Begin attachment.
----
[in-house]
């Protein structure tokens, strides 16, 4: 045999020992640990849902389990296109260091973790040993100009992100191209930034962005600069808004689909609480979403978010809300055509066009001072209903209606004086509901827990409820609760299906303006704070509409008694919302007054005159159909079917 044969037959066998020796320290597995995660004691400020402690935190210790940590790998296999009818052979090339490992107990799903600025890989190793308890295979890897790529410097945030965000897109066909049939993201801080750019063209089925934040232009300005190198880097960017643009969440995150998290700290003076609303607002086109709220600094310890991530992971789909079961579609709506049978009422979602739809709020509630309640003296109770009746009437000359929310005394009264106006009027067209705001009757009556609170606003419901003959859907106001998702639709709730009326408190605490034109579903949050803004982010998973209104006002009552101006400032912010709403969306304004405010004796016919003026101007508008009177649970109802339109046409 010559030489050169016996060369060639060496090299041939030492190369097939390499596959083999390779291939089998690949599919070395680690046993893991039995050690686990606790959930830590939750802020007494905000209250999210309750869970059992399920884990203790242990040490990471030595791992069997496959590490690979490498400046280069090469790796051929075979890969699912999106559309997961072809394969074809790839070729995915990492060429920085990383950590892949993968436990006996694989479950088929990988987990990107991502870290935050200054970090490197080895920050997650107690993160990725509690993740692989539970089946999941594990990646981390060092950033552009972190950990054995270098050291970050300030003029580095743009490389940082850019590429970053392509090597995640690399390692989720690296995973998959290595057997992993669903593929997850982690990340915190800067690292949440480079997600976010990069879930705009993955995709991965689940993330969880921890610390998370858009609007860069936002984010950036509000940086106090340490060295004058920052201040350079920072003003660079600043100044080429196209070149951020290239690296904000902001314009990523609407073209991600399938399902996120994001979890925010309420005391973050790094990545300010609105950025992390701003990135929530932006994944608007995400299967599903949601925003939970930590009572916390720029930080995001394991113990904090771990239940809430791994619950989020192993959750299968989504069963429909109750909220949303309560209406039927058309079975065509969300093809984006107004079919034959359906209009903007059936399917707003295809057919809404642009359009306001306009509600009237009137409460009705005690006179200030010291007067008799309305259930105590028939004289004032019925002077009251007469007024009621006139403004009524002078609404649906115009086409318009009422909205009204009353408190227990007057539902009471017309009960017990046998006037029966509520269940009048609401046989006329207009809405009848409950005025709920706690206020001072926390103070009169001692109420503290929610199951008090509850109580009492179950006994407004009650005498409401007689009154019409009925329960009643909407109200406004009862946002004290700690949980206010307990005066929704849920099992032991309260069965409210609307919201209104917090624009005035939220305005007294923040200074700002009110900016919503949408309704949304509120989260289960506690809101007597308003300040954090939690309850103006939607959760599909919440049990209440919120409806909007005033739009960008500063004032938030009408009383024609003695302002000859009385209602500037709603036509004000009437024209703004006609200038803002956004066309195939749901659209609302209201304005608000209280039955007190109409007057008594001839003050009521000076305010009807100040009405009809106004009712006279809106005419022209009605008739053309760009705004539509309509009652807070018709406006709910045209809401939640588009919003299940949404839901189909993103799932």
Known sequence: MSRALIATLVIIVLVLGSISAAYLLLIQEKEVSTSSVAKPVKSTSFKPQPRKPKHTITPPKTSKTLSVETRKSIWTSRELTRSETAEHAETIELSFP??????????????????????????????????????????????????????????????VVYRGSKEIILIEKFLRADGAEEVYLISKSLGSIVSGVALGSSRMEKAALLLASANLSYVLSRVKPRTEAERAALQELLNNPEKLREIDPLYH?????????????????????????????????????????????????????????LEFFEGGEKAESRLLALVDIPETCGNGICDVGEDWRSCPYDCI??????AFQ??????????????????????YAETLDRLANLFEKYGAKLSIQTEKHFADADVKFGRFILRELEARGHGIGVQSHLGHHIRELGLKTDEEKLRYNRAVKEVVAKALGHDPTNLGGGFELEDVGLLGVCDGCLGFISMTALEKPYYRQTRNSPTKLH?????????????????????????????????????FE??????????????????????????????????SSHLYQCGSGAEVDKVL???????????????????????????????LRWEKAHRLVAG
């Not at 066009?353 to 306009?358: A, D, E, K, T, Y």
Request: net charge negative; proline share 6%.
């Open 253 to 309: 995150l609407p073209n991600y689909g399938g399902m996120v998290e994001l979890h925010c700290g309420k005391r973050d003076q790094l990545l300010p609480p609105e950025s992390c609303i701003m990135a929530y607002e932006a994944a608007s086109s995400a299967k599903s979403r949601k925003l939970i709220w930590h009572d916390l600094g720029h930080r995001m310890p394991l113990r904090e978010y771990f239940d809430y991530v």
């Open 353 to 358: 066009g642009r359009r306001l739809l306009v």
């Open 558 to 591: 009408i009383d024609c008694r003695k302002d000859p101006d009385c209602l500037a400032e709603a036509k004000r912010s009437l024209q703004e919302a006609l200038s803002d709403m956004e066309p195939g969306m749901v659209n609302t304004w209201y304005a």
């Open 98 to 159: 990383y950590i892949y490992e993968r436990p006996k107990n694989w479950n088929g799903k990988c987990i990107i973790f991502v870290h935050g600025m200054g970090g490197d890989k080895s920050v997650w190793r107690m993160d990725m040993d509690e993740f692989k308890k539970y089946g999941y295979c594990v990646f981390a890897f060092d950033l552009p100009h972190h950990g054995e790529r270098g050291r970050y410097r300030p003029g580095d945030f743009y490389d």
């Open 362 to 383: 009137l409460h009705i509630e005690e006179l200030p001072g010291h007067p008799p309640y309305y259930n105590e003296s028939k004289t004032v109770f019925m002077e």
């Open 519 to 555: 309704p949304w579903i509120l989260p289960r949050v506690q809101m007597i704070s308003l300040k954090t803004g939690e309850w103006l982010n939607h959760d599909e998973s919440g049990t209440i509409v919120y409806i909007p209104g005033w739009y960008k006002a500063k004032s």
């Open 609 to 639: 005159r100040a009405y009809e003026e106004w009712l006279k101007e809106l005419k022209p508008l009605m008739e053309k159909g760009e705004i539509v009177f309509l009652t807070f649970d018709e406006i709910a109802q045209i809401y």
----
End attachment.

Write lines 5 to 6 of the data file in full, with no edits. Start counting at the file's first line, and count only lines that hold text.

Request: net charge negative; proline share 6%.
């Open 253 to 309: 995150l609407p073209n991600y689909g399938g399902m996120v998290e994001l979890h925010c700290g309420k005391r973050d003076q790094l990545l300010p609480p609105e950025s992390c609303i701003m990135a929530y607002e932006a994944a608007s086109s995400a299967k599903s979403r949601k925003l939970i709220w930590h009572d916390l600094g720029h930080r995001m310890p394991l113990r904090e978010y771990f239940d809430y991530v």